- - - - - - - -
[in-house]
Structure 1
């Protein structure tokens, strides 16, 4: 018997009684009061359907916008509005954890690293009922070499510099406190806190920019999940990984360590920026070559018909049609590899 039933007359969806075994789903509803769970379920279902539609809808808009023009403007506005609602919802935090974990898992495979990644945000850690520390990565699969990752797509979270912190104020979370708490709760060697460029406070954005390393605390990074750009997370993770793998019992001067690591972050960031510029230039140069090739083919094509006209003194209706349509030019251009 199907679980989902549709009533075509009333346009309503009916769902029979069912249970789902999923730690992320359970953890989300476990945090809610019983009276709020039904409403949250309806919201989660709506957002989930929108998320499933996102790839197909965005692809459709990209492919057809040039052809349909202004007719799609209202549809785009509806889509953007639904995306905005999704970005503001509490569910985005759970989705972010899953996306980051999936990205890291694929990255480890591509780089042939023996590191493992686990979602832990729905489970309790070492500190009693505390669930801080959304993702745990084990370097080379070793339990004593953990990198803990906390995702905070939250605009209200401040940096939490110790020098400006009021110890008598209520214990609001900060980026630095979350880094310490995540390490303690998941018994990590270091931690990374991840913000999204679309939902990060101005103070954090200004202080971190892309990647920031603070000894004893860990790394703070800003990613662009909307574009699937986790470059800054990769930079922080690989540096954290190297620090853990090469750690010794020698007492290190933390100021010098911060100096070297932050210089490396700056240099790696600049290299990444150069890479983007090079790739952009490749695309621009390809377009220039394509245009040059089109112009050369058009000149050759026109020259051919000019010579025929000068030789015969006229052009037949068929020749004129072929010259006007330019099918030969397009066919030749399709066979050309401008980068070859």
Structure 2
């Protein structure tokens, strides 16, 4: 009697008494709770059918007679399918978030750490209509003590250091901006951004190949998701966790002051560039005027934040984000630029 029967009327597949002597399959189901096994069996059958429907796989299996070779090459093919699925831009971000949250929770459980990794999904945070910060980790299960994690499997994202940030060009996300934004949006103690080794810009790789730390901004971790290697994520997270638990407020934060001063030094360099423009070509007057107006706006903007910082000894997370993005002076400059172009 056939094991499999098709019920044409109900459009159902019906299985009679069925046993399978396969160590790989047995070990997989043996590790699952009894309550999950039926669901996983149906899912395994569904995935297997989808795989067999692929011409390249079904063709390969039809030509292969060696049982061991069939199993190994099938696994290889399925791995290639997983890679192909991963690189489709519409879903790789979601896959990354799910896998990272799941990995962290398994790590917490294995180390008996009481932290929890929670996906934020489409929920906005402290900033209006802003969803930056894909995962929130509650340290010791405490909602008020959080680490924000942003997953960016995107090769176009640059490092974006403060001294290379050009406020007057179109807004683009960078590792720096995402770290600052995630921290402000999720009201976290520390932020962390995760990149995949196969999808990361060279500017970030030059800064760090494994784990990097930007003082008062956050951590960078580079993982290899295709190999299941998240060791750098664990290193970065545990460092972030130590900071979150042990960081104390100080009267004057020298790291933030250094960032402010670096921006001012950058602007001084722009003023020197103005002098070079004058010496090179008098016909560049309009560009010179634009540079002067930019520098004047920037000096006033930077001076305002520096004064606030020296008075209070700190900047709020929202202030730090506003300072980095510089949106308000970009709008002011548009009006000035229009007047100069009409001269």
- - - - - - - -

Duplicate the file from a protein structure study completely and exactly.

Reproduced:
[in-house]
Structure 1
């Protein structure tokens, strides 16, 4: 018997009684009061359907916008509005954890690293009922070499510099406190806190920019999940990984360590920026070559018909049609590899 039933007359969806075994789903509803769970379920279902539609809808808009023009403007506005609602919802935090974990898992495979990644945000850690520390990565699969990752797509979270912190104020979370708490709760060697460029406070954005390393605390990074750009997370993770793998019992001067690591972050960031510029230039140069090739083919094509006209003194209706349509030019251009 199907679980989902549709009533075509009333346009309503009916769902029979069912249970789902999923730690992320359970953890989300476990945090809610019983009276709020039904409403949250309806919201989660709506957002989930929108998320499933996102790839197909965005692809459709990209492919057809040039052809349909202004007719799609209202549809785009509806889509953007639904995306905005999704970005503001509490569910985005759970989705972010899953996306980051999936990205890291694929990255480890591509780089042939023996590191493992686990979602832990729905489970309790070492500190009693505390669930801080959304993702745990084990370097080379070793339990004593953990990198803990906390995702905070939250605009209200401040940096939490110790020098400006009021110890008598209520214990609001900060980026630095979350880094310490995540390490303690998941018994990590270091931690990374991840913000999204679309939902990060101005103070954090200004202080971190892309990647920031603070000894004893860990790394703070800003990613662009909307574009699937986790470059800054990769930079922080690989540096954290190297620090853990090469750690010794020698007492290190933390100021010098911060100096070297932050210089490396700056240099790696600049290299990444150069890479983007090079790739952009490749695309621009390809377009220039394509245009040059089109112009050369058009000149050759026109020259051919000019010579025929000068030789015969006229052009037949068929020749004129072929010259006007330019099918030969397009066919030749399709066979050309401008980068070859």
Structure 2
């Protein structure tokens, strides 16, 4: 009697008494709770059918007679399918978030750490209509003590250091901006951004190949998701966790002051560039005027934040984000630029 029967009327597949002597399959189901096994069996059958429907796989299996070779090459093919699925831009971000949250929770459980990794999904945070910060980790299960994690499997994202940030060009996300934004949006103690080794810009790789730390901004971790290697994520997270638990407020934060001063030094360099423009070509007057107006706006903007910082000894997370993005002076400059172009 056939094991499999098709019920044409109900459009159902019906299985009679069925046993399978396969160590790989047995070990997989043996590790699952009894309550999950039926669901996983149906899912395994569904995935297997989808795989067999692929011409390249079904063709390969039809030509292969060696049982061991069939199993190994099938696994290889399925791995290639997983890679192909991963690189489709519409879903790789979601896959990354799910896998990272799941990995962290398994790590917490294995180390008996009481932290929890929670996906934020489409929920906005402290900033209006802003969803930056894909995962929130509650340290010791405490909602008020959080680490924000942003997953960016995107090769176009640059490092974006403060001294290379050009406020007057179109807004683009960078590792720096995402770290600052995630921290402000999720009201976290520390932020962390995760990149995949196969999808990361060279500017970030030059800064760090494994784990990097930007003082008062956050951590960078580079993982290899295709190999299941998240060791750098664990290193970065545990460092972030130590900071979150042990960081104390100080009267004057020298790291933030250094960032402010670096921006001012950058602007001084722009003023020197103005002098070079004058010496090179008098016909560049309009560009010179634009540079002067930019520098004047920037000096006033930077001076305002520096004064606030020296008075209070700190900047709020929202202030730090506003300072980095510089949106308000970009709008002011548009009006000035229009007047100069009409001269």